These winter athletes have experienced first-hand the impact of climate change, inspiring them to work hard to protect our Earth.
For Jeremy Jones, snow is not just a sign of winter. To the 38-year-old Truckee, California, native, snowfall is a symbol of his career, his passion, and his lifestyle. Jones, a 10-time Snowboarder Magazine big-mountain rider of the year and a National Geographic Adventurer of the Year nominee, worries that climate change will prevent future generations from experiencing the winter season as we know it today.
Jones founded Protect Our Winters in 2007 to unite the winter sports community against climate change through education, activism, and community projects. The idea was that winter athletes were the best spokespeople for this topic. They experience first-hand how climate change is impacting their sports and, on a larger scale, affecting the Earth.
Carbon emissions, often produced by burning fossil fuels (like gasoline, for instance), have contributed to global warming. After seeing resorts closed and areas that once had great jumps for snowboarding shut down due to insufficient snowfall, Jones realized that climate change was a crisis that needed to be addressed. "Our mountains are fine in the immediate future," Jones says. "I will have snow to ride on, but this is for the future generations."
Since 2010, Jones has visited Washington, D.C., three times to spark conversation and bring awareness to Protect Our Winters' cause. Jones says he can see the issue making progress, as more policy makers see that climate change can impact everything from the environment to the economy.
However, the nation's capital is not the only place where change is taking place. Protect Our Winters partners with The North Face and Alliance For Climate Education to visit schools through their Hot Planet/Cool Athletes program. Protect Our Winters educates students about the issue, using an interactive presentation with stories from professional winter athletes to inspire kids to make a difference. Jones says that paying attention to little things in your day-to-day life can help the environment, too. For example, he limits his "carbon footprint" by buying locally grown food. And instead of using snowmobiles and helicopters to get up mountains, he hikes for his snowboarding adventures. "This is the planet you are inheriting" Jones says.
How climate change is affecting their lives
An Impact Beyond Sports
For professional skier Ingrid Backstrom, the five-time winner of Powder Magazine's Best Female Performer, fighting climate change means being part of something much bigger in the world. "It's not only because as skiers [nature] is what we love," says Backstrom. "It is for the health of the mountains, rivers, and lakes."
Backstrom's trips to faraway places have allowed her to meet people who experience the impact of climate change on a regular basis. For example, two years ago she visited Greenland, where for hundreds of years natives would typically see groups of polar bears. However, during her visit a Greenlander told Backstrom that he had seen only one polar bear because the snow was too soft and deep for the bears to travel. On Baffin Island, north of Quebec, Canada, she met an Inuit man who explained that every year the winter melt is coming sooner and sooner, making life harder for animals. "To talk to these people who live and see the changes in their lifetime is really powerful," Backstrom says.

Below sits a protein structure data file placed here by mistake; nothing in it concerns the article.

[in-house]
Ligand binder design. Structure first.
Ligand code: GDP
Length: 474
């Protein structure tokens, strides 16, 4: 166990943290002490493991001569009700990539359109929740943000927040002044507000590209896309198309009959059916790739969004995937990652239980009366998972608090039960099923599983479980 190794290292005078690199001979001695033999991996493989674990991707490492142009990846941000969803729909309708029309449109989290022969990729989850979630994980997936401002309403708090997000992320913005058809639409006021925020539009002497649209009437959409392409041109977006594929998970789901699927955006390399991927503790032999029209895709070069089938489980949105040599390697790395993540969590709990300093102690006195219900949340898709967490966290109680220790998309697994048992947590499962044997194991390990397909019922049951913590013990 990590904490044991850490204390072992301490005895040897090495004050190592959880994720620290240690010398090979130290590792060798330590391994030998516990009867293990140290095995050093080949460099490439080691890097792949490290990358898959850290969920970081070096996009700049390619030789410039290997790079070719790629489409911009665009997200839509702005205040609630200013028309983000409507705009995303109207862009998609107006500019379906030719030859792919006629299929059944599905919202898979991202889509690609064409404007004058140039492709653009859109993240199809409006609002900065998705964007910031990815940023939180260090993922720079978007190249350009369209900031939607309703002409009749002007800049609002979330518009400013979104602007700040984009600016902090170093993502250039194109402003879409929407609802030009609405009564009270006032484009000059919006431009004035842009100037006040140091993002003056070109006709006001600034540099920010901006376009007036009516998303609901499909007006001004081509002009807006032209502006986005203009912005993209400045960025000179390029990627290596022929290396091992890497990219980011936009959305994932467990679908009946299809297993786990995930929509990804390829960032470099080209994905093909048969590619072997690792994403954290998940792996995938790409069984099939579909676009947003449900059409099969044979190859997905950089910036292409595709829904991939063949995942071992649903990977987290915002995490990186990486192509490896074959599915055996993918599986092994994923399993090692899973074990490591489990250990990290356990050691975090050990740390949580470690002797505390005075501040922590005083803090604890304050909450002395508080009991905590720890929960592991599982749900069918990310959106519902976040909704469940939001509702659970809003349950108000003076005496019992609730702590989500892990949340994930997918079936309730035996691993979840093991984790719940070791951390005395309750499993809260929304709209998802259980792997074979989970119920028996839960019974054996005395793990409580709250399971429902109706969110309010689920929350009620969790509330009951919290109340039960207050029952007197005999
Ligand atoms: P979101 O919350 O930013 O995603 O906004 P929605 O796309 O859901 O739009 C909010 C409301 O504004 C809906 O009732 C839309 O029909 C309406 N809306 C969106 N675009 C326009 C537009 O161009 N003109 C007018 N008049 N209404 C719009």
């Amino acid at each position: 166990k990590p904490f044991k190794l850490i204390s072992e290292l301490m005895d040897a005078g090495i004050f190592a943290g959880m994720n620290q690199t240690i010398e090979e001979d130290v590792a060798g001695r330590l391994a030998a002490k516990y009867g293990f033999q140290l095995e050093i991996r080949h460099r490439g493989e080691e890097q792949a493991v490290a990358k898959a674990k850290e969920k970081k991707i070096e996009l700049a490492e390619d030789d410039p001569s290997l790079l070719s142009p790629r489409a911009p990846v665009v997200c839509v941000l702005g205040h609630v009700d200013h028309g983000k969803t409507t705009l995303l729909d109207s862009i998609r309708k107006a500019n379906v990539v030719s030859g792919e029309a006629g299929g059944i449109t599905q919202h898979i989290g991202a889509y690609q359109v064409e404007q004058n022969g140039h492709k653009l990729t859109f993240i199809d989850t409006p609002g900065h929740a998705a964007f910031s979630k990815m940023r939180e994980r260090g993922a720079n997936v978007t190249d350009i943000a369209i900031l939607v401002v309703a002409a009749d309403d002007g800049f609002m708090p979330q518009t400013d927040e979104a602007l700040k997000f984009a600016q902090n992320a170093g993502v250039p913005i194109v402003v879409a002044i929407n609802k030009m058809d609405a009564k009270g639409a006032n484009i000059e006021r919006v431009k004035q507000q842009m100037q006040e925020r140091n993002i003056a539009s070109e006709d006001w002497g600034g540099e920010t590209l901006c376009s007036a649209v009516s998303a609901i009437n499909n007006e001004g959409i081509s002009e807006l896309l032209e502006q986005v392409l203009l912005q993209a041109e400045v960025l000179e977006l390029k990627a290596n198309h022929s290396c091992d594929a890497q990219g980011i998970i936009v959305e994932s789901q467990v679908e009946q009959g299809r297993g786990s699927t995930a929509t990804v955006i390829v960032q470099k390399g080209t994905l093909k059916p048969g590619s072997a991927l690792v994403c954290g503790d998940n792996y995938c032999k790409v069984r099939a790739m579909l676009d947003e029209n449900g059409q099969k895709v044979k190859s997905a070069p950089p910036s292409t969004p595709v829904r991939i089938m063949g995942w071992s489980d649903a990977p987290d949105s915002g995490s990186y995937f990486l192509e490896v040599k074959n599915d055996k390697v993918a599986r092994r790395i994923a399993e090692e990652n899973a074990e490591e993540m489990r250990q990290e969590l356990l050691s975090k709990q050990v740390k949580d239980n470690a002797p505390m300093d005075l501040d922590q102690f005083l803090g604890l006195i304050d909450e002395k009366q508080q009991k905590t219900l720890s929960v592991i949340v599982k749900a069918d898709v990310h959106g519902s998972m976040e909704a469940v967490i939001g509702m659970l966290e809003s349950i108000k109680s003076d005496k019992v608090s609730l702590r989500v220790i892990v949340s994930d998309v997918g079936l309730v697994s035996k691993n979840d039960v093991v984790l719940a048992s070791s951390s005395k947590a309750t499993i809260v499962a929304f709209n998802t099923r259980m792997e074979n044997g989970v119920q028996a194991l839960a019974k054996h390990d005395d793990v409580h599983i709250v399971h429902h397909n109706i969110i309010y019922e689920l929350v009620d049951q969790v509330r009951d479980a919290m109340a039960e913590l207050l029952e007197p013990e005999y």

Climate change has forced professional snowboarder Forrest Shearer to go on the run. Over the past decade he's seen the winter decrease from a six-month season (November to April) to a three-month season (January to March), so he has to travel to find the winter, wherever it may be. "Before we could go in our backyard," says Shearer, a resident of Utah who has appeared in and worked on numerous snowboarding films. "And now we have to travel to Alaska or Europe."
The shortened seasons in places like the Sierra Nevada Mountains in Lake Tahoe have limited the time and places he can film. Even locations in Europe have suffered through warmer winters in recent years, forcing many resorts to close. "Traveling the world chasing snow, I've seen it all," Shearer says. "Mountains that once had stable, deep snow packs are now diminishing snow packs. This is changing the face of winter."
A Dangerous Change
Supporting environmental causes is nothing new for Caroline Gleich, a 27-year-old professional big mountain and powder skier. As a student at the University of Utah, Gleich interned with Utah governor Gary Herbert's environmental advisors. Now, the Salt Lake City resident and three-time Ski Magazine cover athlete is using her status as a professional athlete to inspire young people to get involved.
Gleich says that she's seen how climate change can pose an immediate danger to winter athletes. Over the past two winters, Utah has seen a lot less snow, making the snow pack lower. In turn, this makes mountains more prone to dangerous — and sometimes deadly — avalanches. Additionally, with less snow, there are more rocks that could injure skiers.
Avoiding the hazardous areas has also taken away some of the fun of the sport. "When you don't have that snow pack, you can't ski the rad peaks you want to ski," Gleich says. "It's a bummer to have to stay on the smaller mountains."
HOW YOU CAN HELP
It's not hard to help the environment. Forrest Shearer says it can be as simple as walking and bike riding instead of driving, or using energy-efficient light bulbs and reusable shopping bags. Caroline Gleich suggests starting recycling centers and community gardens, which will reduce our carbon footprint. For more ideas, check out protectourwinters.org.
Photos: Jed Jacobsohn for Sports Illustrated, Jordan Manley, Kyle George for Sports Illustrated